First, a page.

Every fibre of Donal Skehan’s being seems committed to bringing good-quality, easy-to-prepare food to your dinner table.
It is also crystal clear that Pippa O’Connor not only posts pictures of her food larder on Instagram, she is also pretty food savvy.
Mind you, she’s also keen to pick up any tips that will help get more veg into her sons, Louis (three) and Ollie (six).
Toss some balls of frozen spinach into the mix, Skehan suggests. The kids won’t even notice that they are eating their greens.
Father of 18-month-old Noah, he knows all about the vagaries of trying to satisfy the demands of a hungry little person.
He and wife Sofie are woken around 6am by happy babbling coming from the cot. There’s a few moments of calm before Noah “turns into an incoherent dictator demanding breakfast”.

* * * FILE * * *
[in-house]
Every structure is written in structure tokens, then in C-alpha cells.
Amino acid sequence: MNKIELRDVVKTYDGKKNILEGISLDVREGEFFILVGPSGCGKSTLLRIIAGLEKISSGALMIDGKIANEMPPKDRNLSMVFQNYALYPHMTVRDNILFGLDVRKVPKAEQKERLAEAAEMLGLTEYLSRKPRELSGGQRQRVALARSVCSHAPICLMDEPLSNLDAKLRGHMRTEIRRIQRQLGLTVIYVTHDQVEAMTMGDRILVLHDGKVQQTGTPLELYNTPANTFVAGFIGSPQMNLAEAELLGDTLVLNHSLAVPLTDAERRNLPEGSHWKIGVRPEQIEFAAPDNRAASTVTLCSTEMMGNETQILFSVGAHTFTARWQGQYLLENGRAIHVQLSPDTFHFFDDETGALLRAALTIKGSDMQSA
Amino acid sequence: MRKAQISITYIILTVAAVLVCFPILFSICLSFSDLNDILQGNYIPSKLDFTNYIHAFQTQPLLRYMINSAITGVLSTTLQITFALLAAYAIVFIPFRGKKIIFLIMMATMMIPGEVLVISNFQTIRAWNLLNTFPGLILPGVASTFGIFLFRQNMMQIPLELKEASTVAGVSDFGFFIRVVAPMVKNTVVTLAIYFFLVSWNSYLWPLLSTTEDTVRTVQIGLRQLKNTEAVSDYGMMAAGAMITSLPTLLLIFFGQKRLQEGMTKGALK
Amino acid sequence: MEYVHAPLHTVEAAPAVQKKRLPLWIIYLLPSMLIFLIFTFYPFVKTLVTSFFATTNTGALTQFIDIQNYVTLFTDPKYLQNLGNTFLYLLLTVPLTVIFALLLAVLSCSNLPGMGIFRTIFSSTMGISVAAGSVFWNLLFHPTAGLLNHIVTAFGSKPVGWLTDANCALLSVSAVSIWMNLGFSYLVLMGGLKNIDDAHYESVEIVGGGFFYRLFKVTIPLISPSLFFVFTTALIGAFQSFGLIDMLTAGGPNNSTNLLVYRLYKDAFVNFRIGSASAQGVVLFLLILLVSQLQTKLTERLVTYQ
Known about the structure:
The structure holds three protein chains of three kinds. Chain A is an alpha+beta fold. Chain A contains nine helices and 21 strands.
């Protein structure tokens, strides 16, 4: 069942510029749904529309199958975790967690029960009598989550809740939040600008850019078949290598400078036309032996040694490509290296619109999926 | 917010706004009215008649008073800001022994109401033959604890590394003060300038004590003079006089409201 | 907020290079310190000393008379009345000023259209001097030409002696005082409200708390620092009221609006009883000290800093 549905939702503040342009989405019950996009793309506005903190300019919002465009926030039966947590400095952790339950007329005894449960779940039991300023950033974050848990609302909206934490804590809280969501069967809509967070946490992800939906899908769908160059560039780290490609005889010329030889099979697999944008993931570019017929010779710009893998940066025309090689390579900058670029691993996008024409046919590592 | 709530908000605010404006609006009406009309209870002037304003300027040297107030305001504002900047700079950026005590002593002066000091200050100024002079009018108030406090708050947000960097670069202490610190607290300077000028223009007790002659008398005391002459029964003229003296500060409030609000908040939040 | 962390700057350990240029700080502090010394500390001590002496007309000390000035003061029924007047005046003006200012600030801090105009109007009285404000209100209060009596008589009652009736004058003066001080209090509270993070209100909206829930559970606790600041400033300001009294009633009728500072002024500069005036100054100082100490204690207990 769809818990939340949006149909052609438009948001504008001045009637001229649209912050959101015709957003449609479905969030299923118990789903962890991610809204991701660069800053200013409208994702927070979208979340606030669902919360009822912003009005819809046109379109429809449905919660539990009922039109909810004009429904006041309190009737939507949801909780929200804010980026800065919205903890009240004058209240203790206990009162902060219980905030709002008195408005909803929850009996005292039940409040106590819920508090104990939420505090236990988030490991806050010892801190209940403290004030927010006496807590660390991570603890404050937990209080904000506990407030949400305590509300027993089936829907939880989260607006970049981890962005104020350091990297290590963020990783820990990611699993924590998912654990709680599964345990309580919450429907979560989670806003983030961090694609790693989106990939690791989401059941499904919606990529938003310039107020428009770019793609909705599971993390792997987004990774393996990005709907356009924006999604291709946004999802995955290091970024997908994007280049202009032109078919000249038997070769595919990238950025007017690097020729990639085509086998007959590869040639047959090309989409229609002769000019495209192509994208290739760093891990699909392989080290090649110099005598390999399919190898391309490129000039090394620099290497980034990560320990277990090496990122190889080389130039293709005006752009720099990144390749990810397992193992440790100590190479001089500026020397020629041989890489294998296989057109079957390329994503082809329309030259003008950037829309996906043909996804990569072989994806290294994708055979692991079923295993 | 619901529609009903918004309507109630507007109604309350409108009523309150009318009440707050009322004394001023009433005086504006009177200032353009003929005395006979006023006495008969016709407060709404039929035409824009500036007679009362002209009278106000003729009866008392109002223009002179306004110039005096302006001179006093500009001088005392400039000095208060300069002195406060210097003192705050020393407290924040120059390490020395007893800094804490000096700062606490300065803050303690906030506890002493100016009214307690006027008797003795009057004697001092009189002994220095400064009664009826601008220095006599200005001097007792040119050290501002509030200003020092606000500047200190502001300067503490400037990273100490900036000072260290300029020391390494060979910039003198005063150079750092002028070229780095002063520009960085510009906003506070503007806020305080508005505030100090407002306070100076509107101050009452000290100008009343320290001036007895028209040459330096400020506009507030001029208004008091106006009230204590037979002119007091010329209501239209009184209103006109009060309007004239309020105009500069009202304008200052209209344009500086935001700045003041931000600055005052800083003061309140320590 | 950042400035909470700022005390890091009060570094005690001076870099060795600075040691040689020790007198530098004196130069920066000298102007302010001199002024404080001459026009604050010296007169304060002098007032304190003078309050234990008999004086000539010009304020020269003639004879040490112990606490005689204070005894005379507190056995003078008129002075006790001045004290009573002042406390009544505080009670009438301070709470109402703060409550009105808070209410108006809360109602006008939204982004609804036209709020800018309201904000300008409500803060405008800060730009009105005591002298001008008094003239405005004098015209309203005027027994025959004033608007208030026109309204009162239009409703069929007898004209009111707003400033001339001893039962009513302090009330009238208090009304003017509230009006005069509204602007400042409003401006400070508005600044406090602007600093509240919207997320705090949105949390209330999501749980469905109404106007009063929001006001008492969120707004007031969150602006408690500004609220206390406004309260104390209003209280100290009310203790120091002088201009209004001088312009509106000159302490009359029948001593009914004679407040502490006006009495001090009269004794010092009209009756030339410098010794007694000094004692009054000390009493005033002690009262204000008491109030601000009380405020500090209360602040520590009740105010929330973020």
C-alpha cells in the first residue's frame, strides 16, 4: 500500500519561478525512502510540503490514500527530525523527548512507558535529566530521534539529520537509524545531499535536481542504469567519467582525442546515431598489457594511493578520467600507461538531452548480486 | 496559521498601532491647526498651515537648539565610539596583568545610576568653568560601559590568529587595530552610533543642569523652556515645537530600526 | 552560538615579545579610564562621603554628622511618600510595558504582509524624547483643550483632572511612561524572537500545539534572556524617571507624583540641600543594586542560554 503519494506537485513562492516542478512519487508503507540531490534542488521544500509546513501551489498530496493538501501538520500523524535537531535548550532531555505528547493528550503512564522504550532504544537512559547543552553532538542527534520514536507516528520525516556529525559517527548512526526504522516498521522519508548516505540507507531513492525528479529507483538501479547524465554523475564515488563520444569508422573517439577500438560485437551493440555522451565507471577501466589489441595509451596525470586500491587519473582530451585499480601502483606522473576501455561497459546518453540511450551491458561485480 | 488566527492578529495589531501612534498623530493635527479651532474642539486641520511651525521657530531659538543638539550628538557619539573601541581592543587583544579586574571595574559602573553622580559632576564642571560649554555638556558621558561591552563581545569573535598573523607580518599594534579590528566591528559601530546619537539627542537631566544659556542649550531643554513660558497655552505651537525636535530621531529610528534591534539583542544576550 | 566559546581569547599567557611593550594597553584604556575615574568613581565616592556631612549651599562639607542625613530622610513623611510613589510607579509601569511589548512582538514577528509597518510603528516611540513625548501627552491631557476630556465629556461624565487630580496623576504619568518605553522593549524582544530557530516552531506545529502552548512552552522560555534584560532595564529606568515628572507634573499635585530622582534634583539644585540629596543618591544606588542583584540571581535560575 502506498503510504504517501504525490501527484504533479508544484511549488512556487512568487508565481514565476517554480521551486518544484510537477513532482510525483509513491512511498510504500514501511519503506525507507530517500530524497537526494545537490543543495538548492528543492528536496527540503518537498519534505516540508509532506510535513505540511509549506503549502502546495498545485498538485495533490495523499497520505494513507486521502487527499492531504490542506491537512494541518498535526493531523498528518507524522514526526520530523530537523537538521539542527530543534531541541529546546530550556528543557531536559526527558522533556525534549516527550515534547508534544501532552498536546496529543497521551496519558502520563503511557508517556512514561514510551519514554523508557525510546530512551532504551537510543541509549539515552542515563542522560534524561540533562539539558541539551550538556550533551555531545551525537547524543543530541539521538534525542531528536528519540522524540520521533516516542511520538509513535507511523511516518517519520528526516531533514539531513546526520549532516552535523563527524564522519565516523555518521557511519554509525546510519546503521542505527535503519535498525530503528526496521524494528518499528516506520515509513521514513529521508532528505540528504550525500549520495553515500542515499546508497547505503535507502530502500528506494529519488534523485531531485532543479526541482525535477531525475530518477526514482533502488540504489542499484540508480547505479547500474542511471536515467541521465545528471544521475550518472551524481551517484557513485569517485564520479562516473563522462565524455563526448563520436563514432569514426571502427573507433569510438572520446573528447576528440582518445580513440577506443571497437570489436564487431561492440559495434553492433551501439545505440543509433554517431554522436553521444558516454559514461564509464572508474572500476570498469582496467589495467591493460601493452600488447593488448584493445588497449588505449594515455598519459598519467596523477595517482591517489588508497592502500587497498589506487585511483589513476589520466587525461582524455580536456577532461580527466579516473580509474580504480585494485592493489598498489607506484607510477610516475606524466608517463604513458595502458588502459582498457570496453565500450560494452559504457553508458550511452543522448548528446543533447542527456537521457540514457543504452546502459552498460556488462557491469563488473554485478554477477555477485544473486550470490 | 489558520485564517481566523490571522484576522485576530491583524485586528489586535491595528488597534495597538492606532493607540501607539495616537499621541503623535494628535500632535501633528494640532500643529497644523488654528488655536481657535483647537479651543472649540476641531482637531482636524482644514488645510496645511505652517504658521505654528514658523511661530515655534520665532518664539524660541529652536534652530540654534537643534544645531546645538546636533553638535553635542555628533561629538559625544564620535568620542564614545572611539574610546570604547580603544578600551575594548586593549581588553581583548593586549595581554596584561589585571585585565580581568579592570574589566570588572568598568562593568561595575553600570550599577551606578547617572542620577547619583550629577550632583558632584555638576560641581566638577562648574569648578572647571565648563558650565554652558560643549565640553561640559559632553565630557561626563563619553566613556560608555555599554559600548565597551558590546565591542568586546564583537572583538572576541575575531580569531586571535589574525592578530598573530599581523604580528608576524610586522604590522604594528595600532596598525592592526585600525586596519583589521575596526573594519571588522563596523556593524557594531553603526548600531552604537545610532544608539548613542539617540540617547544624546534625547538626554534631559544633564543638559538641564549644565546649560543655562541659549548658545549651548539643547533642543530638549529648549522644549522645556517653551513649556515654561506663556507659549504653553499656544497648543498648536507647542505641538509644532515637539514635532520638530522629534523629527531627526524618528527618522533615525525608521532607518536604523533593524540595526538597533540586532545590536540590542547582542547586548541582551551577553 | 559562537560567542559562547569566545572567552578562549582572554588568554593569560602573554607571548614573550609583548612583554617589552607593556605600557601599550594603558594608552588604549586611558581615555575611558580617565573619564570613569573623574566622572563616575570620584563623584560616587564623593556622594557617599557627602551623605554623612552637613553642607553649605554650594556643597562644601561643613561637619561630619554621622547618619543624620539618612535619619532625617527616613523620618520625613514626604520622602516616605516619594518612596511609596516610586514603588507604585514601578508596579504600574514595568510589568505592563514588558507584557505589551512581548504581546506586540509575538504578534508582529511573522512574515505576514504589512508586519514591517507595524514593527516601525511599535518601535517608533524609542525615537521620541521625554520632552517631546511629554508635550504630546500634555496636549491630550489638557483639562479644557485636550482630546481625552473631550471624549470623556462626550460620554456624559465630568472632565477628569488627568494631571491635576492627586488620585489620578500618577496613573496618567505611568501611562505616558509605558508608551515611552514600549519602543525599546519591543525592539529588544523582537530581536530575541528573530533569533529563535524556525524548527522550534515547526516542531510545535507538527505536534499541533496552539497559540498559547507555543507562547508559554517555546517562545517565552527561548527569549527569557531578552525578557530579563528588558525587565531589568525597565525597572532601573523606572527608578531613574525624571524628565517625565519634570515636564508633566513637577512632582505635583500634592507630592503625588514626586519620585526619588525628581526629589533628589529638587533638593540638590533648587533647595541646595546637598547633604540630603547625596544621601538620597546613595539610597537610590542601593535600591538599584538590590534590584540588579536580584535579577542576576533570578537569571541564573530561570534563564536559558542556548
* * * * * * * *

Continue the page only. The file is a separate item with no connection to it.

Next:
The pot of porridge goes on (breakfast in the Skehan household is nearly always porridge) and is served to the “Chairman” in his high chair. Calm is briefly restored until the next meal.
“Everybody is under pressure,” says the food writer who has made it his business to show people that you really can make spectacular meals at the drop of a hat.
His new book Super Food in Minutes continues on that theme but this time the emphasis is on nourishing, “veg-forward”, as he puts it, family food.
“It’s also important to say that it’s my take on superfoods. It’s not about chia seeds or quinoa or the ingredients that go in and out of fashion.
For me, it’s always been about lots of good-quality veg, good-quality meats —but a little less of them — and good fats (I still use butter and cream). And good wholegrains.
And, perhaps most importantly of all, it’s about trying to find balance.
“I think there is always room for manoeuvre. Don’t beat yourself up about having pasta on a Thursday.